Rick Denney Photography


I have two goals for this portion of the website. One is to share my work more widely than is possible with prints hanging on my own walls, and I make no apology for the self-indulgence of that desire.

The second goal is to provide a repository of images that I discuss in various online forums--forums with limited abilities for displaying work. Thus, I will endeavor to make links externally accessible. I realize this is a risk, in terms of image theft. All images are protected by copyright and I do use services that look for places on the Internet where images have been used. The images can be and have been made available for a worthy cause, and if you want to use an image, just ask. So, look and enjoy, but do not appropriate these images without permission. All rights are reserved.

An artifact of the goal of supporting current forum conversations is that the photos themselves disproportionately represent work I've done since about 2000, when my photo forum activity really got started. There is some work from before that time, but much of my best work from the past is still waiting on the scanner. Since I prefer to be in the field when I have time for photography, that stuff will appear only very slowly.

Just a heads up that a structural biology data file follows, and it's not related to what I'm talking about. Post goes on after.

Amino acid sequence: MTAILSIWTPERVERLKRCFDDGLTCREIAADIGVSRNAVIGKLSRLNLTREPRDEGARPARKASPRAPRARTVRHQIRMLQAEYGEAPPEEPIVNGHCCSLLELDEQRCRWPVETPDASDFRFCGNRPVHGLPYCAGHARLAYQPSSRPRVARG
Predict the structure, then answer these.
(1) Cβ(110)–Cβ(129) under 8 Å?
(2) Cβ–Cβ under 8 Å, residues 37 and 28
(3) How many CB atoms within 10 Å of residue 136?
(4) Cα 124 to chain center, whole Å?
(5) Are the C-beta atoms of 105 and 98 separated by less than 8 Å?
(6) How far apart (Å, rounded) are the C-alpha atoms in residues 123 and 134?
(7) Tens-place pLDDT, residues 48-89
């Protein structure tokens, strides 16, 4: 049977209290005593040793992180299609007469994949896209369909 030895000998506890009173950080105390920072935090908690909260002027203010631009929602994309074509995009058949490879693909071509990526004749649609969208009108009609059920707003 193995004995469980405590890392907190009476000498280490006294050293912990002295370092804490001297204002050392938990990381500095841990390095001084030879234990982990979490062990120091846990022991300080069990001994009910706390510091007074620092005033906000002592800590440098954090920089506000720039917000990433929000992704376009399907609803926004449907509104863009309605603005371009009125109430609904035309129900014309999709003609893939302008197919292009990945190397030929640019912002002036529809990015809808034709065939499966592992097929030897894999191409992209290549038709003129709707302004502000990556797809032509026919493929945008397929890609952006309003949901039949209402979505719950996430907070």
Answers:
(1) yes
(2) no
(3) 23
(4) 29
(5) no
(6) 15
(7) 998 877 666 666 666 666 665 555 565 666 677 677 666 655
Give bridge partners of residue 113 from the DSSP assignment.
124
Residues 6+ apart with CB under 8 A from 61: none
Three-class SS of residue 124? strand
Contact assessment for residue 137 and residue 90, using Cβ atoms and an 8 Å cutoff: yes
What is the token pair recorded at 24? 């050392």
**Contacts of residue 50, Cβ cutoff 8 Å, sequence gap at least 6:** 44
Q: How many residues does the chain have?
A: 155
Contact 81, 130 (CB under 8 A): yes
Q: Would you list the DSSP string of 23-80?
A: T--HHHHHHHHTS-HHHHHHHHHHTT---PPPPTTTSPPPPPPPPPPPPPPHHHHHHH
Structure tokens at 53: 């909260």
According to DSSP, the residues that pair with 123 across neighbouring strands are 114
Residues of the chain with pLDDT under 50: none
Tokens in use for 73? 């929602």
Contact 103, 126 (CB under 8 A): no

It is fashionable for photographers to include an artist's statement. Here's mine:

I like making photographs. Sometimes, something I see compels me, either because of the quality of the light, the singular beauty of a place, or some feeling deep down to which I attempt to respond but that I cannot explain. Many of my photos are just like photos other people take, and I make no apology for that. Some think that the trope of pretty pictures of pretty places has been fully explored, with little new to be said. Maybe they are right. I do not seek out innovation for its own sake, nor do I study the art market to determine what is and is not considered innovative. Even when I do study art, I usually fail to understand what others are talking about. In the end, I just like making photographs, and they have to stand on their own, or not.

Sometimes I just make photographs to explore technique or as equipment play, as an expression of the ability to understand and manipulate the technical apparatus and processes. It's considered anti-artistic to just like playing with cameras, and my photos probably do nothing to refute that belief. But children paint with their fingers with no concern beyond the feeling of the paint on their skin and the guilty pleasure of making an approved mess. When it comes to art, I don't mind being that naïve, but I will never attempt to seek naïvete as an effect by purposely employing unskilled technique.